Water Hardness: Knowing and Calculating The Perfect “Mineral Water”

Water hardness seems to be a common problem among households worldwide, but there seems to be a certain ignorance as to what this is. What this does is it does more long-term harm despite the beneficial uses. Being a problem of this nature, we must know how to calculate water hardness level and what the desired level of water hardness is.

What is Water Hardness?

Ironically, water hardness has nothing to do with water turning into a solid block of ice or anything involving a transition into something solid. However, the reason for this name is because of what is actually in the water we use or drink.

Sometimes the water we use seems to be different despite the whole house being a general example of cleanliness. For example, one may notice some minerals that are present in cooking dishes or the more obvious scum that seems to be resistant to cleaning.

The simple reason for this would be the existence of “hard water” or water that appears to be infused with undesirable metals, the more prominent ones being calcium and magnesium. These are usually caused by water travelling through places filled with soil and rock, but some have found that water from wells is a breeding ground for this kind of water.

As a simple experiment to test if your home does have hard water, you may take a bottle and fill it up to one-third of it, and you should apply a few drops of soap. From here, shake or mix the solution well, and naturally, the mixture should be clear with bubbles at the top.

However, if it turns milky and lacks bubbles, your water is hard. The water does not cause any severe problems for the consumer, but these will cause some pipes, appliances, and other parts of the house that use water.

How do you calculate water hardness?

Before knowing how to calculate the possible hardness present in your water, you need to know that there are two types of this hardness, temporary and permanent. Since we want to know more about water hardness, measuring hard water would mean we would be looking for permanent hardness.

This, unlike temporary hardness, cannot be removed by heating the undesirable aspects of the water.

An option for calculating water hardness is to manually calculate the hardness using calcium and magnesium values. However, you would need to submit samples to the lab to receive the exact amount of the minerals found in the water. Nevertheless, it would require the use of equations.

The general equation would be as follows:

CaCO3 (Total Permanent Hardness) = Mg (mg/L) as CaCO3 + Ca (mg/L) as CaCO3

The general equation is the sum of both the hardness of Magnesium and Calcium. However, Magnesium and Calcium hardness is determined by another equation in the form of:

Ca or Mg hardness mg/L as CaCO3 / Equivalent Weight of CaCO3 = Ca or Mg in mg/L / Equivalent Weight of Ca or Mg

Calculating the equivalent weight would involve dividing the atomic weight by the valency, and these hold values. For example, calcium would be 20.04 while Magnesium would value at 12.15.

For Calcium Carbonate, this requires the molecular weight, which would be set at 50.04.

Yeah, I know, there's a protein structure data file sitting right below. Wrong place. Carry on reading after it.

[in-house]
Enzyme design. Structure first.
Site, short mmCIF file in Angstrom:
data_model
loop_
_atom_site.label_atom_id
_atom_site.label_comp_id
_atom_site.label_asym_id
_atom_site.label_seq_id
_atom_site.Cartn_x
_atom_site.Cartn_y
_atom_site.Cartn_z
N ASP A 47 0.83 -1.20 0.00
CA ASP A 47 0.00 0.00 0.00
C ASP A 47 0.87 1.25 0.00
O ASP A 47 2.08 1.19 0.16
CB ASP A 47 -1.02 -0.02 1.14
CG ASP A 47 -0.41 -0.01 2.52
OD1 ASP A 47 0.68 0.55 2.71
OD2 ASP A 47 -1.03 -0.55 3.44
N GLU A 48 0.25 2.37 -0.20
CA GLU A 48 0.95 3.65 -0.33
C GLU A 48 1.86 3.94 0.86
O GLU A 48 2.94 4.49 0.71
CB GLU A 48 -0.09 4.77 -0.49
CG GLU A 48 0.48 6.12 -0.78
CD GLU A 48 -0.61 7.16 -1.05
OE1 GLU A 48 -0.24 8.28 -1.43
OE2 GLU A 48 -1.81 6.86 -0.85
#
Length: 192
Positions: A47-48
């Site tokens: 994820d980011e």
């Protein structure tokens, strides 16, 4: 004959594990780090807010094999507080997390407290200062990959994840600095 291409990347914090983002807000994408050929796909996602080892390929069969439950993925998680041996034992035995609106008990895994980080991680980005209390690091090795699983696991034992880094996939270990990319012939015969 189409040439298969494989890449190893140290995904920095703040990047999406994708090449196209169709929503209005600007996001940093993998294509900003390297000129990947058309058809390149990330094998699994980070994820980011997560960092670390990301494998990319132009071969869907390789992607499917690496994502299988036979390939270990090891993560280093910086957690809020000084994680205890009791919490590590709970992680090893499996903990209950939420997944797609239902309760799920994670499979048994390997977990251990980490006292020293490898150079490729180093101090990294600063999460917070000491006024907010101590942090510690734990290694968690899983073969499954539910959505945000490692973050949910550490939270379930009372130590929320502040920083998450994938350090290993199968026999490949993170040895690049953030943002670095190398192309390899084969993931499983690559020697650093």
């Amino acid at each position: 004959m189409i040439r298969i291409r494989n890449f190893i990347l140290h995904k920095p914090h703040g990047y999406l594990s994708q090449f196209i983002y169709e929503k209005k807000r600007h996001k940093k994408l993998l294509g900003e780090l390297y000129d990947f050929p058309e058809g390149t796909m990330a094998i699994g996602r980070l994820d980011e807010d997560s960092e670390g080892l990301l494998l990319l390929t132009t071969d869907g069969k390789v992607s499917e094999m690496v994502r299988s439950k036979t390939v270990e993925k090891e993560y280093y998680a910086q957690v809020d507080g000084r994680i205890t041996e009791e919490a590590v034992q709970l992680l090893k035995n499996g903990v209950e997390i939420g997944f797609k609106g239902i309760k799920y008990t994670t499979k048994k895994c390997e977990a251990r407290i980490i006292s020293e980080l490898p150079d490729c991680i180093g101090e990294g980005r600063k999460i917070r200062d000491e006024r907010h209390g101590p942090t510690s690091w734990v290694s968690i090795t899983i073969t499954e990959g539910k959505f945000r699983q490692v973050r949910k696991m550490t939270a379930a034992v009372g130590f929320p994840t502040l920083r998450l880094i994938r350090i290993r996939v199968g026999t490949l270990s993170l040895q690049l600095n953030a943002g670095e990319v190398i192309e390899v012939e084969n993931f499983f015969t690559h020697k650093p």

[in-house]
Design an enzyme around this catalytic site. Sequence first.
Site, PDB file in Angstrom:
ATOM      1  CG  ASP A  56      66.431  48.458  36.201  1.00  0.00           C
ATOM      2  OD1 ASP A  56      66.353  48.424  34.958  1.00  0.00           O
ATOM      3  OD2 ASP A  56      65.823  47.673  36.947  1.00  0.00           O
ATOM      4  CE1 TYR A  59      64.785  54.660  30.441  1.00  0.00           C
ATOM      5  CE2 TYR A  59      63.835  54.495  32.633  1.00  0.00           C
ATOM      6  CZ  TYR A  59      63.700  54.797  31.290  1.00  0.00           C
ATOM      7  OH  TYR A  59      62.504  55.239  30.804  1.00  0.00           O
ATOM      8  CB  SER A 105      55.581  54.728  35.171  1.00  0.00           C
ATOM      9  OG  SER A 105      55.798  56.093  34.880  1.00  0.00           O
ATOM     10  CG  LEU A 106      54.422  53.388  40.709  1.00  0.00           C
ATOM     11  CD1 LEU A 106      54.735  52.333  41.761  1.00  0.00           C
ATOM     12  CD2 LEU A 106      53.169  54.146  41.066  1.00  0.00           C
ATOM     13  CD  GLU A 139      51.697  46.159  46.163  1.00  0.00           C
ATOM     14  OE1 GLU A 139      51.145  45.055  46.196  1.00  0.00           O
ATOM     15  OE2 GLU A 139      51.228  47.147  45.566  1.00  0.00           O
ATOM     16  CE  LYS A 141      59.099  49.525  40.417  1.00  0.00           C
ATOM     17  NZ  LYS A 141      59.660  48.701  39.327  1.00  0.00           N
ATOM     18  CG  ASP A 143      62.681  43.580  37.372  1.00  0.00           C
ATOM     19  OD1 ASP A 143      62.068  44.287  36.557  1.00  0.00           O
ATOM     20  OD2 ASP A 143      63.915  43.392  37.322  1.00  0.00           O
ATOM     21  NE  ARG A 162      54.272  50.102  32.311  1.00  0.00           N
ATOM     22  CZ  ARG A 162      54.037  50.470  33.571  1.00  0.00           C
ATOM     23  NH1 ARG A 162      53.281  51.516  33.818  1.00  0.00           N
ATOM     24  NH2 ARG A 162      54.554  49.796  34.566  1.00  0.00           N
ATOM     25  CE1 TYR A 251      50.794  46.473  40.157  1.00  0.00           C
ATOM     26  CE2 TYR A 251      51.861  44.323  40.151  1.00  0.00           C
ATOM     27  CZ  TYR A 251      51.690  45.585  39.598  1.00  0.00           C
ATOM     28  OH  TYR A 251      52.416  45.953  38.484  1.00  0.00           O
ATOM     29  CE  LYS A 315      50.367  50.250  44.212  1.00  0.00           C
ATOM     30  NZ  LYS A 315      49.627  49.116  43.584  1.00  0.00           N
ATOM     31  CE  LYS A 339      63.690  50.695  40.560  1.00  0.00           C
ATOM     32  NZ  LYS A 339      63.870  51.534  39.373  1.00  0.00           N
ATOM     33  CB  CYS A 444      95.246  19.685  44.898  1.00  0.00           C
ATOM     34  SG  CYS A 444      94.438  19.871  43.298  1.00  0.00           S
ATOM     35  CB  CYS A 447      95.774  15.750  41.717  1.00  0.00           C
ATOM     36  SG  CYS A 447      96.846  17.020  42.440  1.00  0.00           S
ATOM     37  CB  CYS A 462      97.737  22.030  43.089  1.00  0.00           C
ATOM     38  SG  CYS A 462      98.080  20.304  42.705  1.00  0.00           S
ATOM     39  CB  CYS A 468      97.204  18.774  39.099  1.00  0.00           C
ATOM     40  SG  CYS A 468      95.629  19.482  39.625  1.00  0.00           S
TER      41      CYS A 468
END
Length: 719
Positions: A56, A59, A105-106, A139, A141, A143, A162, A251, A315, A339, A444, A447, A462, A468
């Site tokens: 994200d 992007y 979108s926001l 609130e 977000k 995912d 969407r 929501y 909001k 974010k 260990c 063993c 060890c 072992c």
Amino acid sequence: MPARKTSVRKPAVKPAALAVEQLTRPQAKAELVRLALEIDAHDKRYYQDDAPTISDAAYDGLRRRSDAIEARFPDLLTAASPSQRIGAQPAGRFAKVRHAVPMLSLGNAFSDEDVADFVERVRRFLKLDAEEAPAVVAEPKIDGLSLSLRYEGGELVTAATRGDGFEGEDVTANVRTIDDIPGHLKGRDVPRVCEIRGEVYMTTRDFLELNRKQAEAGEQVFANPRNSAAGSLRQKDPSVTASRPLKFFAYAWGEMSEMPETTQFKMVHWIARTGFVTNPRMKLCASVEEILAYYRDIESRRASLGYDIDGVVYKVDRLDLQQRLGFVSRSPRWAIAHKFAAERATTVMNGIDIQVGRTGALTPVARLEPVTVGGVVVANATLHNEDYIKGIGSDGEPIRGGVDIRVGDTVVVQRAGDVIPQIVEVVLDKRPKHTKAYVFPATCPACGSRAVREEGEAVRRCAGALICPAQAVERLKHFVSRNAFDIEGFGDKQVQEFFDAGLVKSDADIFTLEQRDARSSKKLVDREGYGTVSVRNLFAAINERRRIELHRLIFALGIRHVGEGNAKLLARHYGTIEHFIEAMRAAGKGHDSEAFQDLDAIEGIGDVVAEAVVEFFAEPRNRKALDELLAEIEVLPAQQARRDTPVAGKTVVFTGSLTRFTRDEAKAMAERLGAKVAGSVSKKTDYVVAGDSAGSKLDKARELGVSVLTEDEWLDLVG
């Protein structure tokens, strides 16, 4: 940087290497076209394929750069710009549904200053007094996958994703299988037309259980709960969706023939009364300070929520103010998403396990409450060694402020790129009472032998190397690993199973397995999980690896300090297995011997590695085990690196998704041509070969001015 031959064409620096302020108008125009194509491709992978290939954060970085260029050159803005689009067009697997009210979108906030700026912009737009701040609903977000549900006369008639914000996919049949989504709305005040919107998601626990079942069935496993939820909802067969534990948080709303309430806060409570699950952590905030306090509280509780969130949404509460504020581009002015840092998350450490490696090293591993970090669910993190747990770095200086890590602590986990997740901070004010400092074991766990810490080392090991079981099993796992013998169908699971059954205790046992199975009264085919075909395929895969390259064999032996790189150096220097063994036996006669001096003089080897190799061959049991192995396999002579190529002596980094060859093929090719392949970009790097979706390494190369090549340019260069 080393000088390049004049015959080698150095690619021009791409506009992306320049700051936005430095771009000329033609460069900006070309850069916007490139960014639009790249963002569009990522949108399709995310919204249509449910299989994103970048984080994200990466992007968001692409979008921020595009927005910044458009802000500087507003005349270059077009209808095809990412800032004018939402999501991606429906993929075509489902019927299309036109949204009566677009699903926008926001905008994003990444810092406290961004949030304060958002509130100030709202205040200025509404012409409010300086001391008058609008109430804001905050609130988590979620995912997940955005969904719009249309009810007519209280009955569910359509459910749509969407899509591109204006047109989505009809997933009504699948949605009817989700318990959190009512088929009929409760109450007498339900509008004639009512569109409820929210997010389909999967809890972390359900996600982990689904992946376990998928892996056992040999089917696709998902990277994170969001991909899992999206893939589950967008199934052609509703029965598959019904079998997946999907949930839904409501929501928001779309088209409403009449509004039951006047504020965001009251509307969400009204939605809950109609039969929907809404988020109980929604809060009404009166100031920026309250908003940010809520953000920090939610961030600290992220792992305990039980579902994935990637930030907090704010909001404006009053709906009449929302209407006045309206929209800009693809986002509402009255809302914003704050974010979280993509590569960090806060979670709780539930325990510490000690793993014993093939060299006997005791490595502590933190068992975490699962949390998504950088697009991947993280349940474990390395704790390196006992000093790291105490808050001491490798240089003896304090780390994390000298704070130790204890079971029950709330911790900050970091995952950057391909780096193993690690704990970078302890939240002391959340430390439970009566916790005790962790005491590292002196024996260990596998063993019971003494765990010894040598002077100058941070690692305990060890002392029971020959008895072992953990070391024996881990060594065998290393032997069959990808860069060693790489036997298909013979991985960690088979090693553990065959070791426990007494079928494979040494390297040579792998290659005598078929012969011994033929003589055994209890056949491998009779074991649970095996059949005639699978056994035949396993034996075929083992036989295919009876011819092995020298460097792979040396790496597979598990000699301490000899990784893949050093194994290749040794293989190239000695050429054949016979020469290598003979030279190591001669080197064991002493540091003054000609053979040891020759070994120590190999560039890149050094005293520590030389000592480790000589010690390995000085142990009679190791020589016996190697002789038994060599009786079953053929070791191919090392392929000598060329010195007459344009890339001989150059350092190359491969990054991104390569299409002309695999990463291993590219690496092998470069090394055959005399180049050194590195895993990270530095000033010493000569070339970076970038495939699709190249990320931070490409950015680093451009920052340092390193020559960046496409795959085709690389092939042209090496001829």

In sum, we must first determine the hardness first of the minerals, using the given values of Calcium or Magnesium in milligrams per litre and the set equivalent weights from the mineral being calculated and Calcium Carbonate.

Once with the two values, they may be added up to form the total permanent hardness of Calcium Carbonate.

Since one calculates for any concerning value, it would also be wise to know the desired water hardness level. It is important to remember that water still possesses minerals that are helpful to the body. However, much like everything in daily life, an excess can cause future problems.

The healthy amount would be at 10 to 50 parts per million of the Calcium Carbonate, while the slightly hard would range from 50 to a hundred. The actual hard water is seen when the amount hits 100, while 200 parts is an amount in which it is incredibly excessive.

Negative Impacts of Hard Water

As mentioned before, hard water does not have any serious problems when consumed by drinking.

This could be a great help for the body as it can give minerals that it could lack. However, this causes much more visible problems when used as bathwater as it interferes with soaps and other cleaning regiments, eventually leaving the skin to become irritated and dry.

These also affect pipes, boilers, and other water-using items in the household as this could affect their daily functions.

We can appreciate the use of hardness as a benefit, but this causes more damage in the long term. Therefore, it is important to be aware and stop this at the earliest possible moment.

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About Salman Zafar

Salman Zafar is the CEO of BioEnergy Consult, and an international consultant, advisor and trainer with expertise in waste management, biomass energy, waste-to-energy, environment protection and resource conservation. His geographical areas of focus include Asia, Africa and the Middle East. Salman has successfully accomplished a wide range of projects in the areas of biogas technology, biomass energy, waste-to-energy, recycling and waste management. Salman has participated in numerous national and international conferences all over the world. He is a prolific environmental journalist, and has authored more than 300 articles in reputed journals, magazines and websites. In addition, he is proactively engaged in creating mass awareness on renewable energy, waste management and environmental sustainability through his blogs and portals. Salman can be reached at salman@bioenergyconsult.com or salman@cleantechloops.com.
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One Response to Water Hardness: Knowing and Calculating The Perfect “Mineral Water”

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